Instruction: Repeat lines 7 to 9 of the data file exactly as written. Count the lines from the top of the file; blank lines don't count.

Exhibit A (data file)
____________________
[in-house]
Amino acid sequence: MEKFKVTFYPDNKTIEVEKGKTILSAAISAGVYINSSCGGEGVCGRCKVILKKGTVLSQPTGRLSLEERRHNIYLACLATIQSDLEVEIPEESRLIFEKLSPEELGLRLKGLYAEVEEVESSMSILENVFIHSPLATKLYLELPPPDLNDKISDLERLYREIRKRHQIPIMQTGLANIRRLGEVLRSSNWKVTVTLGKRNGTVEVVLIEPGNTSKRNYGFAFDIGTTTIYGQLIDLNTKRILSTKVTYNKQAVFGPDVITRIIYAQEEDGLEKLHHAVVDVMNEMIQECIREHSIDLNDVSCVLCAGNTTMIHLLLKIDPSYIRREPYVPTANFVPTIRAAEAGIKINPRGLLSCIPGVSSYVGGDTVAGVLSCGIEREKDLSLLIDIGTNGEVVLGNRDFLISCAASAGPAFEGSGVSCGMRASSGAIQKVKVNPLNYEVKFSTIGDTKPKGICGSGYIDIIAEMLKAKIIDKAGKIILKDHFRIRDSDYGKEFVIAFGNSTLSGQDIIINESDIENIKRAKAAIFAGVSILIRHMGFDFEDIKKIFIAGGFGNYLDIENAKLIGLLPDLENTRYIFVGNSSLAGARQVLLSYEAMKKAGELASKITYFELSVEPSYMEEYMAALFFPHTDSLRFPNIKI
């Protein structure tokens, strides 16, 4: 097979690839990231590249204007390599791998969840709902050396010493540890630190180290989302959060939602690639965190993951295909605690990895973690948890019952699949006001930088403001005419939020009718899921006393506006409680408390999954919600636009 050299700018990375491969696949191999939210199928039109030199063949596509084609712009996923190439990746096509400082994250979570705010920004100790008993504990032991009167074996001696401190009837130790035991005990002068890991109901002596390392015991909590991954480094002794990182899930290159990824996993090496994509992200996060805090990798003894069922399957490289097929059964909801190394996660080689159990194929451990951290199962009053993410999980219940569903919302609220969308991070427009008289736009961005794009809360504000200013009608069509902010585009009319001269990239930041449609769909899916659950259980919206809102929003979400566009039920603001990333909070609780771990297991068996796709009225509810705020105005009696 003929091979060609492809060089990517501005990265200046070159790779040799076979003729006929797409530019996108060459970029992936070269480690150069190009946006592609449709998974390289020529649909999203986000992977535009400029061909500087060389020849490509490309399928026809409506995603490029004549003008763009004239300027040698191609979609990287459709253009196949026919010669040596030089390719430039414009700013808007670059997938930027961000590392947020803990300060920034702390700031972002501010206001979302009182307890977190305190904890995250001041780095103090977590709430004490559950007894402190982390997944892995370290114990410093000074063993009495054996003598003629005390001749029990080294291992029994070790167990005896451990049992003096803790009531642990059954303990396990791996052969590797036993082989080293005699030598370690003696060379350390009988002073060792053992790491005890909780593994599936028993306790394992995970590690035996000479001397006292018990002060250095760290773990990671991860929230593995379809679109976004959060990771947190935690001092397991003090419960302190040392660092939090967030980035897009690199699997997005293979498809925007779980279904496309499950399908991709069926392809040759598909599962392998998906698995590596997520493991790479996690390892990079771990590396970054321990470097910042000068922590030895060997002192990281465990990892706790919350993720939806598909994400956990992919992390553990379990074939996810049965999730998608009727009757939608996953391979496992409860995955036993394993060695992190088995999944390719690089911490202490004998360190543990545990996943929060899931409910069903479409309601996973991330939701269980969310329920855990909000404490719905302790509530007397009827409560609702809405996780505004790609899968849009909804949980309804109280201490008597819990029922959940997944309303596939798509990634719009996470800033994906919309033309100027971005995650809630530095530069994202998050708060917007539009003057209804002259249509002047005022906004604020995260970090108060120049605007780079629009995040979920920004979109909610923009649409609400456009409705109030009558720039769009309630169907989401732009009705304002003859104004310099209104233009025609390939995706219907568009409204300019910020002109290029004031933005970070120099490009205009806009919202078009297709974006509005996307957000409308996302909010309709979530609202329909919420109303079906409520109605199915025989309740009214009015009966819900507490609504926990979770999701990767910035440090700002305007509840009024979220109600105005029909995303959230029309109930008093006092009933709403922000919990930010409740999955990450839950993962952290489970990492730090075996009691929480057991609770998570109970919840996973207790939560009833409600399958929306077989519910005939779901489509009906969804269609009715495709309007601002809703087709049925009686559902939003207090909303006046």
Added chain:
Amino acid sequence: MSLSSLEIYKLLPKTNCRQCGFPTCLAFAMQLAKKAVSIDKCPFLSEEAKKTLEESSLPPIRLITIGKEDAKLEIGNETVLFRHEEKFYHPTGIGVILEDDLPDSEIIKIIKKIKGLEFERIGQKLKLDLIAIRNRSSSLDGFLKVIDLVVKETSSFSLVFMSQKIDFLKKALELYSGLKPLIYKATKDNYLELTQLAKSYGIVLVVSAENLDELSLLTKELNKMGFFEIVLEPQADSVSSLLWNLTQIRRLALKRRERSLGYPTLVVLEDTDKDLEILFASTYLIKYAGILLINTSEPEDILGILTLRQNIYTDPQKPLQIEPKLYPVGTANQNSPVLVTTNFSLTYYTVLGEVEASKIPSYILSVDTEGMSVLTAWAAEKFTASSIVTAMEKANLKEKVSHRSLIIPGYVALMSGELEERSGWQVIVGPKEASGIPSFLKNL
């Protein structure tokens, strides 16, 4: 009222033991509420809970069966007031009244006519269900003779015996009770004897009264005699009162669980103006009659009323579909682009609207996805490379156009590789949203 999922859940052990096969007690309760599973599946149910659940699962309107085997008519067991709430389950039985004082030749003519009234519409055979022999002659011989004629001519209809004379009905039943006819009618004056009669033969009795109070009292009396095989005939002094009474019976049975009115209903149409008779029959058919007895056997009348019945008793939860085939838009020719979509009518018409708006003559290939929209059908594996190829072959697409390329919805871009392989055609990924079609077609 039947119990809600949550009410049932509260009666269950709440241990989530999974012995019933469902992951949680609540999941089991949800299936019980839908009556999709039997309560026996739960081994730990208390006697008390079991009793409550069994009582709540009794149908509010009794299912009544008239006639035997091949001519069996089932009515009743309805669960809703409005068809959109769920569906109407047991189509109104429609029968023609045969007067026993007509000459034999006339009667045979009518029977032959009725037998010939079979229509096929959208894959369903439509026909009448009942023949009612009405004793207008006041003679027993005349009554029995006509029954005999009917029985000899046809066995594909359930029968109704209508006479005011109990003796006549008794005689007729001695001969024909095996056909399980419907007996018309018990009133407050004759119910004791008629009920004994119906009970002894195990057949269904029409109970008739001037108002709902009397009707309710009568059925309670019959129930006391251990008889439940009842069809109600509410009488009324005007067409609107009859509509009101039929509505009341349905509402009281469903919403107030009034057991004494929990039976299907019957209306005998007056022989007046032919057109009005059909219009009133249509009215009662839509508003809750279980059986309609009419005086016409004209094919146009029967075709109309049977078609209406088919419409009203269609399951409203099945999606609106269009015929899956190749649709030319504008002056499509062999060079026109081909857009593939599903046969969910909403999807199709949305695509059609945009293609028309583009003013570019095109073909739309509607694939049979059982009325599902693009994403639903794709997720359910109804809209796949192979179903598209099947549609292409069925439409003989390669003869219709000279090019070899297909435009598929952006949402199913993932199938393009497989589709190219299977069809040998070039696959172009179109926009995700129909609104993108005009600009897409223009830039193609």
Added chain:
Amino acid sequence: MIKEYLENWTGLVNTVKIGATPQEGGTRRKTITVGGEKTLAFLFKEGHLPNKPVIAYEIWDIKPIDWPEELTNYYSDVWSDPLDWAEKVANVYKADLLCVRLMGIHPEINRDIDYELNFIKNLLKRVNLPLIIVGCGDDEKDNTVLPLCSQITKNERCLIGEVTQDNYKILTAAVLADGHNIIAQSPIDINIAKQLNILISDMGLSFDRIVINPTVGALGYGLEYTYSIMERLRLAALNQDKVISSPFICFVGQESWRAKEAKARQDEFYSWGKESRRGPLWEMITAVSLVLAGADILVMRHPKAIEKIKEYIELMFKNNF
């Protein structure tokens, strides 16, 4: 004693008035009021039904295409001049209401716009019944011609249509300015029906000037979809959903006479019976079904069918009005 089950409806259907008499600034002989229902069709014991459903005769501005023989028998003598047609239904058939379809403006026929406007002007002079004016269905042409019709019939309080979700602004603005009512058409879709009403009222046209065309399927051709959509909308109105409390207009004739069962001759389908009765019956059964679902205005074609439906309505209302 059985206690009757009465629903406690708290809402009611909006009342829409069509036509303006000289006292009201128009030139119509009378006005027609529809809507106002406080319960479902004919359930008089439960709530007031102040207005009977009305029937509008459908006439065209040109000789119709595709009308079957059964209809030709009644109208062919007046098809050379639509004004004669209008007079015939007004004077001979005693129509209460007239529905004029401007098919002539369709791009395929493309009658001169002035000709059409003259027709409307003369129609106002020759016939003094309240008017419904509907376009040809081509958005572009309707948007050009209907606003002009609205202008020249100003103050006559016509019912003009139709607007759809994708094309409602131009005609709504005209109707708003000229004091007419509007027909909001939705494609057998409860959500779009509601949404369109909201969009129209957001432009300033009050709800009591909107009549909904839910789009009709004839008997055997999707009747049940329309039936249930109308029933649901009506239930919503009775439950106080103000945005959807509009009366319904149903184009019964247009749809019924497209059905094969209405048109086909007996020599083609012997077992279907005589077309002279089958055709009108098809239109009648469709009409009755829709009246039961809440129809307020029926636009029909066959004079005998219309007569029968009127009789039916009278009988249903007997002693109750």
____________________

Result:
Added chain:
Amino acid sequence: MIKEYLENWTGLVNTVKIGATPQEGGTRRKTITVGGEKTLAFLFKEGHLPNKPVIAYEIWDIKPIDWPEELTNYYSDVWSDPLDWAEKVANVYKADLLCVRLMGIHPEINRDIDYELNFIKNLLKRVNLPLIIVGCGDDEKDNTVLPLCSQITKNERCLIGEVTQDNYKILTAAVLADGHNIIAQSPIDINIAKQLNILISDMGLSFDRIVINPTVGALGYGLEYTYSIMERLRLAALNQDKVISSPFICFVGQESWRAKEAKARQDEFYSWGKESRRGPLWEMITAVSLVLAGADILVMRHPKAIEKIKEYIELMFKNNF
């Protein structure tokens, strides 16, 4: 004693008035009021039904295409001049209401716009019944011609249509300015029906000037979809959903006479019976079904069918009005 089950409806259907008499600034002989229902069709014991459903005769501005023989028998003598047609239904058939379809403006026929406007002007002079004016269905042409019709019939309080979700602004603005009512058409879709009403009222046209065309399927051709959509909308109105409390207009004739069962001759389908009765019956059964679902205005074609439906309505209302 059985206690009757009465629903406690708290809402009611909006009342829409069509036509303006000289006292009201128009030139119509009378006005027609529809809507106002406080319960479902004919359930008089439960709530007031102040207005009977009305029937509008459908006439065209040109000789119709595709009308079957059964209809030709009644109208062919007046098809050379639509004004004669209008007079015939007004004077001979005693129509209460007239529905004029401007098919002539369709791009395929493309009658001169002035000709059409003259027709409307003369129609106002020759016939003094309240008017419904509907376009040809081509958005572009309707948007050009209907606003002009609205202008020249100003103050006559016509019912003009139709607007759809994708094309409602131009005609709504005209109707708003000229004091007419509007027909909001939705494609057998409860959500779009509601949404369109909201969009129209957001432009300033009050709800009591909107009549909904839910789009009709004839008997055997999707009747049940329309039936249930109308029933649901009506239930919503009775439950106080103000945005959807509009009366319904149903184009019964247009749809019924497209059905094969209405048109086909007996020599083609012997077992279907005589077309002279089958055709009108098809239109009648469709009409009755829709009246039961809440129809307020029926636009029909066959004079005998219309007569029968009127009789039916009278009988249903007997002693109750």